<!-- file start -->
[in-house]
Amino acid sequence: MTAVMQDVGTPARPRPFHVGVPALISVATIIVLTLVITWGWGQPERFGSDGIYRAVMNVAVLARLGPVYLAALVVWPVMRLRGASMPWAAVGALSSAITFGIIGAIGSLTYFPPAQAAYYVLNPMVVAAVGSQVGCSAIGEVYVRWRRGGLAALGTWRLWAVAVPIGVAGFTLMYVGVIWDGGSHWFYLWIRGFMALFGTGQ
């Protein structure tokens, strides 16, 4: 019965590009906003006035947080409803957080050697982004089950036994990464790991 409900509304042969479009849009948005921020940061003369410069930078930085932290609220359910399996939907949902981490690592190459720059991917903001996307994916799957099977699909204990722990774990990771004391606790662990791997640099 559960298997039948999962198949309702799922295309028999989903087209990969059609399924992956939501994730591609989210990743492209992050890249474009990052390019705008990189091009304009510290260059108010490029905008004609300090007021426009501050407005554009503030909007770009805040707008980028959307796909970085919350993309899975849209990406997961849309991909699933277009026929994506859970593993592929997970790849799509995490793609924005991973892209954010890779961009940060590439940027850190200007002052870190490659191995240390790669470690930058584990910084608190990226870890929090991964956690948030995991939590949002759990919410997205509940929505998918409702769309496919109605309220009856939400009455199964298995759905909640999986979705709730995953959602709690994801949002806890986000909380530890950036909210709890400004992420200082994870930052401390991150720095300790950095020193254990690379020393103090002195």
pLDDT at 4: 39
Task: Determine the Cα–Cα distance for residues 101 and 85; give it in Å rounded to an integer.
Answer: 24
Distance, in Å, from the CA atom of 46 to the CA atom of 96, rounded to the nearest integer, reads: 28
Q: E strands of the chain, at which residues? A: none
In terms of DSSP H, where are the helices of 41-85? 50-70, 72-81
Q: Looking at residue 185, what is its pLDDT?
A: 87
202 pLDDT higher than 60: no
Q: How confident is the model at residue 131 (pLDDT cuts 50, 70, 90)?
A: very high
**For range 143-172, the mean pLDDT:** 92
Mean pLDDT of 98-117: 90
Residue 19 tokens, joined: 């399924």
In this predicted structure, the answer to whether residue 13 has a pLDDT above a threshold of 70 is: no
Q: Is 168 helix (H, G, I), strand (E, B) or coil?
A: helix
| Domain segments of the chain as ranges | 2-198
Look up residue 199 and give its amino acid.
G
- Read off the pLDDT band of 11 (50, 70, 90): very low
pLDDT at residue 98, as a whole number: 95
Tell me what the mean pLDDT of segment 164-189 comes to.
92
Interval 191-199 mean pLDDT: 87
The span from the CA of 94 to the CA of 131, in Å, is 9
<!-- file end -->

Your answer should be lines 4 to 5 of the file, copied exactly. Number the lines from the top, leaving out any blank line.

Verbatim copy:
pLDDT at 4: 39
Task: Determine the Cα–Cα distance for residues 101 and 85; give it in Å rounded to an integer.